Shelburne Falls Trolley Museum
The Official Shelburne Falls Trolley Museum
Winter 1997 by Tony Jewell
It is amazing at just how much time it really takes to make a museum functional.
Just thoughts on a wall. But it's all true. We, the SFTM, have been around for what seems to be seven very very long years. We've seen a lot of people come and go. And while we're still chugging away, you know it don't come easy.
The times are not super in the non profit world. Good volunteers are at a premium and are typically burned out with all the demands that their volunteer starved communities put on them. Donation dollars are extremely tight.
In this holiday season, that is supposed to be a time of sharing and giving, think for a moment about just how valuable a few moments of your time could be to your local charity or museum.
For example, here at the Shelburne Falls Trolley Museum we have 80 dues paying members but only a dozen are what we might call active participants. Just ten more pairs of hands would effectively double our output which could translate into, if nothing else, a far more timely updating of our web site newsletter!!!!
So what else is new beyond the moaning and groaning??
Starting with the car, ie Number Ten. The structural work is all completed. The new siding has been installed, and looks terrific The roof has been completely replaced and the new canvas was installed just last week, 11/25, with the help of Smitty Mazzei from Seashore Trolley Museum. Thanks Smitty.
Flexible Track was recently reinstalled in the car barn in anticipation of the arrival of the rebuilt Taylor MCB trucks in January.
These trucks, in case you hadn't heard, came from the good folks at the Wannamaker, Kempton, and Southern Railroad out in Allentown PA way. They spent part of their post trolley life as the trucks for a shop locomotive of Mack truck ancestry. Now they are in the capable but frequently overworked hands of the estimable Bruce Thain in Guilford Ct.
In the mean time, we have secured all the rest of the controllers, trolley poles, and other related electrical mechanical material.
Current restoration scheduling
thinking is thusly.
We recently secured another $50,000 grant from Mass Highway to complete the restorations. A variety of problems related to the initial evaluation viz a viz the actual car conditions encountered meant that we were faced with cutting corners or acquiring more funds.
Thanks to the folks at Mass Highway with a special nod to Mark Massery we are getting extra funding allowing us to have a first class job.
For those of you with a quirky sense of historic justice, it's a little ironic that the Mass Highway department is funding our project. For, you see, back in 1926, it was the state highway department that forced the closure of the SF&C. At that time, the state required the trolley line to relocate its right of way in order to allow for the construction of a new highway to serve the mills in Colrain.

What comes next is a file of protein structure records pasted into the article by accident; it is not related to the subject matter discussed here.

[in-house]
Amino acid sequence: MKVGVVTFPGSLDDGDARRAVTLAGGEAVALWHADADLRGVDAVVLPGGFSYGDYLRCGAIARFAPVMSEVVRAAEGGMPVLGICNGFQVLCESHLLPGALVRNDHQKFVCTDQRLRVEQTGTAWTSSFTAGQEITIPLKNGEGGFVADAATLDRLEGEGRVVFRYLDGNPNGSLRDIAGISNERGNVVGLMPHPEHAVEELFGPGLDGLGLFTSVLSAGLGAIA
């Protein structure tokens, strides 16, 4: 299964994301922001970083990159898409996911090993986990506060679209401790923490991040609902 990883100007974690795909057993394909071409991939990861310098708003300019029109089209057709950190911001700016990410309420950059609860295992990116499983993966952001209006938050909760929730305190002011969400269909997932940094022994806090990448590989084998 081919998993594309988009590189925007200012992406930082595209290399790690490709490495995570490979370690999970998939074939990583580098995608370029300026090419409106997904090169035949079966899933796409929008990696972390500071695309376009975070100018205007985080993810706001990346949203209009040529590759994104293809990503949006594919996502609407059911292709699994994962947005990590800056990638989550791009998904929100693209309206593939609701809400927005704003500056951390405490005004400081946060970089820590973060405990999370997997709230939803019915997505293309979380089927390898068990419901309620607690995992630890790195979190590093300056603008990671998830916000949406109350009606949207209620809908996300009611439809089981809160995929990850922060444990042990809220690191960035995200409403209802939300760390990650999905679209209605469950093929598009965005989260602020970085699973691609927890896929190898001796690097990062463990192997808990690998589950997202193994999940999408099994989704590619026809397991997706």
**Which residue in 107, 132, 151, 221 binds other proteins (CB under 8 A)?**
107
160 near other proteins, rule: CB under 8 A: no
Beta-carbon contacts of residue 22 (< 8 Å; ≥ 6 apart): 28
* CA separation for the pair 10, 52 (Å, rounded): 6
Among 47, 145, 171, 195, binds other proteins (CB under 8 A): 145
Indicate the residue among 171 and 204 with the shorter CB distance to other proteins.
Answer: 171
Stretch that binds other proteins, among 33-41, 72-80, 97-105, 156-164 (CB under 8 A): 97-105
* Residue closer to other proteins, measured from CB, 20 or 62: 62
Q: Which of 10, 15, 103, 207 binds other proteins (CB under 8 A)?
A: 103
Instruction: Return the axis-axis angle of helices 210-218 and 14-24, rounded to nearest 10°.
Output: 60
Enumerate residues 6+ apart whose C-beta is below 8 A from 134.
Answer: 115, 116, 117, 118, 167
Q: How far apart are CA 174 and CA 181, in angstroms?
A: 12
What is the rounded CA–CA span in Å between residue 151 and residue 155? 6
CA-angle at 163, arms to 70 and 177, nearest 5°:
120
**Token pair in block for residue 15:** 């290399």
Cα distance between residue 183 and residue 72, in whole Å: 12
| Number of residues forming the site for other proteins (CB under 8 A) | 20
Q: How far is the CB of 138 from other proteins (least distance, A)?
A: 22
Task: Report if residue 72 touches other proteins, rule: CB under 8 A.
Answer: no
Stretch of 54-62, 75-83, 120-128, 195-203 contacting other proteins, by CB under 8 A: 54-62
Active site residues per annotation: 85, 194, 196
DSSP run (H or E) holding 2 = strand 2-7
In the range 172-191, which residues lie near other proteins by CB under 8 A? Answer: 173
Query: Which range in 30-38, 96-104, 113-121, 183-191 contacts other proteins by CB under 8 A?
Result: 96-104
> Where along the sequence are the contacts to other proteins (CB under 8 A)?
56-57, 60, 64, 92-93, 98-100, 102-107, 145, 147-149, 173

Before I move away from number 10 I would be remiss in failing to mention the names of the two individuals who are doing, have done all the carpentry to date, and will continue, Tom Kehoe and Ed Brady. Basically these guys were two very good cabinet maker carpenters but the two of them, primarily due to deprived childhoods, didn't know a Brill truck from an Autocar when they started.
If you come out our way, you'll see that they've come a long way and have done some really first class work that is as good or better than any other trolley restoration work in the country.
Now that the restoration is moving towards completion where is the museum going to be??? Well I wish I knew. I can say that for the next three years it's going to be in the Buckland railroad yard. Beyond that is the subject of a new study that we hope will start some time in January. It looks like we'll be operational somewhere in Shelburne Falls but there is still a chance that we'll take an option for a static display in Colrain.
We are in the midst of having an intern come on board. Steve Gardner is a Hampshire College man with a serious rail affection affliction and a major in the Acoustics of Music. Steve's work for us is going to center around improving the museum administration, providing linkage with local youth, and studying the dynamics of integrating a trolley museum into a vintage late 19th century village in the late twentieth century. Needless to say we, I especially, await Steve's arrival with palms and kudos.
We have reopened the museum gift shop and exposition gallery at our current new home in the Buckland railroad yard. We don't have much to sell as yet but we're working on it. If you're around, please give us a visit and all your credit cards.
It appears that we will be acquiring a steam locomotive. This industrial switcher used to operate in the Three Rivers Mass area and will be available for switching the yard if and when that fantasy becomes possible. And, just to show you that we're always scheming, we are also in the midst of negotiating for a little Whitcomb from the same geographic area.
In 1998, look for us to have a rail fan day in the fall, a membership dinner in may, and a few surprises in between!
And have yourselves a trolley happy holiday!!!
14 Depot Street Shelburne Falls MA 01370        413-625-9443       email@example.com